The latest oil leakage from a Bharat Petroleum Corporation Limited (BPCL) refinery pipeline appears to have damaged mangroves near Mahul along the east coast, with Maharashtra Pollution Control Board (MPCB) officials saying that a visual inspection of the affected site indicates black slick unlike the light brown slick, which was seen after the crude oil spill in Uran on October 6. The Mumbai Port Trust (MbPT), however, said primary inspection indicates that the destruction could have been due to the Uran oil leak.
“The oil spill from Uran was that of crude oil, which is light brown in colour. The slick observed now is black, indicating that the chemical is furnace oil, “ said MPCB assistant secretary (technical) P K Mirashe.
A leak from the pipeline transporting furnace oil from BPCL’s refinery to Jawahar Dweep was reported to MbPT on October 29, said Rajeev Gupta, chairman and managing director, MbPT.
“After a visual inspection, it appears the mangroves have suffered damage for a longer duration. This could be due to the ONGC leak that happened more than a month ago. During a recent inspection at Tata Jetty behind Pirpav, we learnt that even they have been facing the problem of oil slick for nearly two weeks,” said Gupta.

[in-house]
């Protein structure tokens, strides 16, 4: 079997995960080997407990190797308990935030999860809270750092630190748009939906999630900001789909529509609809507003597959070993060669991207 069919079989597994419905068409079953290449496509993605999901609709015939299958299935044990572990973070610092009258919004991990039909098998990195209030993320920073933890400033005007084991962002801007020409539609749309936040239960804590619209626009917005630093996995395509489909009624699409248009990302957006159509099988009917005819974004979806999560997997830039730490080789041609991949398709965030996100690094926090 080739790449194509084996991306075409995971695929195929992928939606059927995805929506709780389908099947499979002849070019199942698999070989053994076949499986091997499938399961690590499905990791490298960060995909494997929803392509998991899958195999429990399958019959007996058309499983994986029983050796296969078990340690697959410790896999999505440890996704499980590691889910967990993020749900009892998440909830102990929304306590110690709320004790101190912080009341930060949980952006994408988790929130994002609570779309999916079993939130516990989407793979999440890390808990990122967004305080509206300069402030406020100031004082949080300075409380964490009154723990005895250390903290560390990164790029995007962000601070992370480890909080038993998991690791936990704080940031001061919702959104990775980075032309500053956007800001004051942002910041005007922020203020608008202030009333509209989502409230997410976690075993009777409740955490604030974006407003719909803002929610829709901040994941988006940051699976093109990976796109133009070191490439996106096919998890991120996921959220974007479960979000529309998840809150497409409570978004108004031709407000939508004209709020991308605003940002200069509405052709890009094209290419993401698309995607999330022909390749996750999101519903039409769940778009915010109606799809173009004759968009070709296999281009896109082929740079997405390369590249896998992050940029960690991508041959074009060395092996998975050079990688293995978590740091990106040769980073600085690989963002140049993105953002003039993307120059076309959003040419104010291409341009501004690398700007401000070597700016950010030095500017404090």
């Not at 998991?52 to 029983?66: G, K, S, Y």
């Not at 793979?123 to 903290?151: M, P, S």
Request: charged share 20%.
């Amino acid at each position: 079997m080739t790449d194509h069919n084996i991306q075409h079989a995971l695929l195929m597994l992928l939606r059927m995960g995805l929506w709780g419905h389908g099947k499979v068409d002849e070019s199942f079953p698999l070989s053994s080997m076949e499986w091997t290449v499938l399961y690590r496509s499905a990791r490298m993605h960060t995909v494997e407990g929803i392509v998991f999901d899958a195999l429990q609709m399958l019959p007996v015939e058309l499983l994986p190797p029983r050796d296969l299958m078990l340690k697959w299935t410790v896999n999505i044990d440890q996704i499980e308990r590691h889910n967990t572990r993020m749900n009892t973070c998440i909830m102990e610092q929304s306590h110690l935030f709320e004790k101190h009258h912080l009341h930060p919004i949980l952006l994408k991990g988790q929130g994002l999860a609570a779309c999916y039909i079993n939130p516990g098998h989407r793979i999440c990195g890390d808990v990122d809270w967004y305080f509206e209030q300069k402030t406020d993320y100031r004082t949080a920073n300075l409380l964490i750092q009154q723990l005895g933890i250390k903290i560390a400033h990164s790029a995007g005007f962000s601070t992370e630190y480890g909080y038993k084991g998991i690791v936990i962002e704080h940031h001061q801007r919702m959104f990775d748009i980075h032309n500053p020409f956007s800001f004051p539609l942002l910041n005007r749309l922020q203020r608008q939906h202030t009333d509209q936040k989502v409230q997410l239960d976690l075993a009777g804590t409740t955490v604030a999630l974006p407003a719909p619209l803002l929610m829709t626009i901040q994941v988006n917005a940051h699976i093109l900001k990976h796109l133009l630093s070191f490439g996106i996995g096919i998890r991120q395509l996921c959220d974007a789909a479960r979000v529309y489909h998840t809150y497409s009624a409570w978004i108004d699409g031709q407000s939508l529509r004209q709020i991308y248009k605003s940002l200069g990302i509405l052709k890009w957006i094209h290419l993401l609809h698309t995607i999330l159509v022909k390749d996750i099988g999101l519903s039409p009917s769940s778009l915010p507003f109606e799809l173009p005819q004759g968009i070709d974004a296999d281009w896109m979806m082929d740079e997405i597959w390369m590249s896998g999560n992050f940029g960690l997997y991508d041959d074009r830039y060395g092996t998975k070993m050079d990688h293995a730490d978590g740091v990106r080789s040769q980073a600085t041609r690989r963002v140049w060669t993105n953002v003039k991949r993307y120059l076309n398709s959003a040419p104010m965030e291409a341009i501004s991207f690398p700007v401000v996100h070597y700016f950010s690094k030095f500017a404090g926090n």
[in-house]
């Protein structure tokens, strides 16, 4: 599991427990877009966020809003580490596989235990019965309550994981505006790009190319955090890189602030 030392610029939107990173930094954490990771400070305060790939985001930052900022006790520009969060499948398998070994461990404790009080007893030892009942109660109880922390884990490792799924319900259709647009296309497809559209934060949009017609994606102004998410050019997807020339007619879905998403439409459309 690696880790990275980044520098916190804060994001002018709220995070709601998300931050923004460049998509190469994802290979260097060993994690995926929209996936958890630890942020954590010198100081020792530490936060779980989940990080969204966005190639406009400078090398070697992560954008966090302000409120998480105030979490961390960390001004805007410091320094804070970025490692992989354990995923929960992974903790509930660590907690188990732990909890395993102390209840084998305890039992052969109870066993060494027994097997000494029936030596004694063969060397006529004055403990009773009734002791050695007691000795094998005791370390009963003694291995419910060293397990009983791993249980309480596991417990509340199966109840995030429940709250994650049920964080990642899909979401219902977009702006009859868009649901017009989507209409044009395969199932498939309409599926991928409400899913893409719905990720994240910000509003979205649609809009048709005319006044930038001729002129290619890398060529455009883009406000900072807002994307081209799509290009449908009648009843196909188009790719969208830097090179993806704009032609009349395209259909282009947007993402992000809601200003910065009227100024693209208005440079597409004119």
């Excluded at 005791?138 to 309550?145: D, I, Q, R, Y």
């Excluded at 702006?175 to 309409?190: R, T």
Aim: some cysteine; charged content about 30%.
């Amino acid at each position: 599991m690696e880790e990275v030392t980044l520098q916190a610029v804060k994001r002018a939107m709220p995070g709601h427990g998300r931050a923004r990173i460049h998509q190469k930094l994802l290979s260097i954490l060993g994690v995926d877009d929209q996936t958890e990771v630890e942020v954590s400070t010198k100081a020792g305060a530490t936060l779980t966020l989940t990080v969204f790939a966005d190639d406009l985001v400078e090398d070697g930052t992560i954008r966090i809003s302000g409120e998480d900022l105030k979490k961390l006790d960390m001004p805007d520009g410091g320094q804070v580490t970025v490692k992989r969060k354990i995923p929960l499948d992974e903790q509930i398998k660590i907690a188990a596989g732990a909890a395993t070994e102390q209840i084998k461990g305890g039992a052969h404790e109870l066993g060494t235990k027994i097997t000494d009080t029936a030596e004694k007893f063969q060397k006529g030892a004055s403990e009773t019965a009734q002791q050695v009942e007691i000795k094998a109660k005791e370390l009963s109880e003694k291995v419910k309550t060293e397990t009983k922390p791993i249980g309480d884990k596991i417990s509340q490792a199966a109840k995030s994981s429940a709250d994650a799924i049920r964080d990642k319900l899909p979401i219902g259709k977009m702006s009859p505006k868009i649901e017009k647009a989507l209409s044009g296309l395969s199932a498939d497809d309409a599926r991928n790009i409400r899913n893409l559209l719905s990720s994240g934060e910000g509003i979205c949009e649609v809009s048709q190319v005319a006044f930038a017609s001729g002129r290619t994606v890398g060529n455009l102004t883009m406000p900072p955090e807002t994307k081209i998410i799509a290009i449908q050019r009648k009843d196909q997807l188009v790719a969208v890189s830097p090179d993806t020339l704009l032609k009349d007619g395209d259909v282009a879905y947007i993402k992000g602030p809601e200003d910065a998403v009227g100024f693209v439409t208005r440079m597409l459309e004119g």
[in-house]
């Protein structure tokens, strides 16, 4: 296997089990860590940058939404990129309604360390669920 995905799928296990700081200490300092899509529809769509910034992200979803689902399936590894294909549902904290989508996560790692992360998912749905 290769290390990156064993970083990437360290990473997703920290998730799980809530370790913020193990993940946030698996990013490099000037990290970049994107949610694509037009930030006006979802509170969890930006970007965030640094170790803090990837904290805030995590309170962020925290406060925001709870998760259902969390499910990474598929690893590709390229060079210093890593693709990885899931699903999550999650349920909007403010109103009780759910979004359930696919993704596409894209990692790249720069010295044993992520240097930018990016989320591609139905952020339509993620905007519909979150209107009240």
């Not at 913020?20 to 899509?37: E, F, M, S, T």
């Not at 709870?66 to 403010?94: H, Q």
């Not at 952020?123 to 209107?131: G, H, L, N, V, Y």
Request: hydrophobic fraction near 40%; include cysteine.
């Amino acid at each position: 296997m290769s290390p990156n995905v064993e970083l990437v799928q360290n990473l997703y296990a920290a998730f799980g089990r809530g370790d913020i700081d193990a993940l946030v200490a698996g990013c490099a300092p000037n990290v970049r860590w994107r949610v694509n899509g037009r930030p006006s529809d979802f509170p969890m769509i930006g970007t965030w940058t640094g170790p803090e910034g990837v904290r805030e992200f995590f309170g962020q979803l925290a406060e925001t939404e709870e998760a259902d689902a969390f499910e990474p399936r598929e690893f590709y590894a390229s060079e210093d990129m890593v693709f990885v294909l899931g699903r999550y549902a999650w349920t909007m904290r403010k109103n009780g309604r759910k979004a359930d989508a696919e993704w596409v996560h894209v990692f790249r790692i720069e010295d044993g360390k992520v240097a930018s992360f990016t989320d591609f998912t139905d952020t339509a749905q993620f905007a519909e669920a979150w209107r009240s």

As per MPCB estimates, around 10 acres near Mahul as well as five-six kilometres into the sea were affected. The extent of spill is yet to be assessed.
Gupta said, “The leakage was probably caused by shifting of the pipeline at the point where it goes under the seabed. The resting beam supporting it has shifted six-eight inches, indicating stress on the pipeline. We have repaired the pipeline and increased the stress capacity from 10 kg pressure to 16 kg pressure. We are checking other pipelines that might have similarly shifted. We will also ask for an analysis of the spilled oil. We have appointed two agencies to clean up the slick.”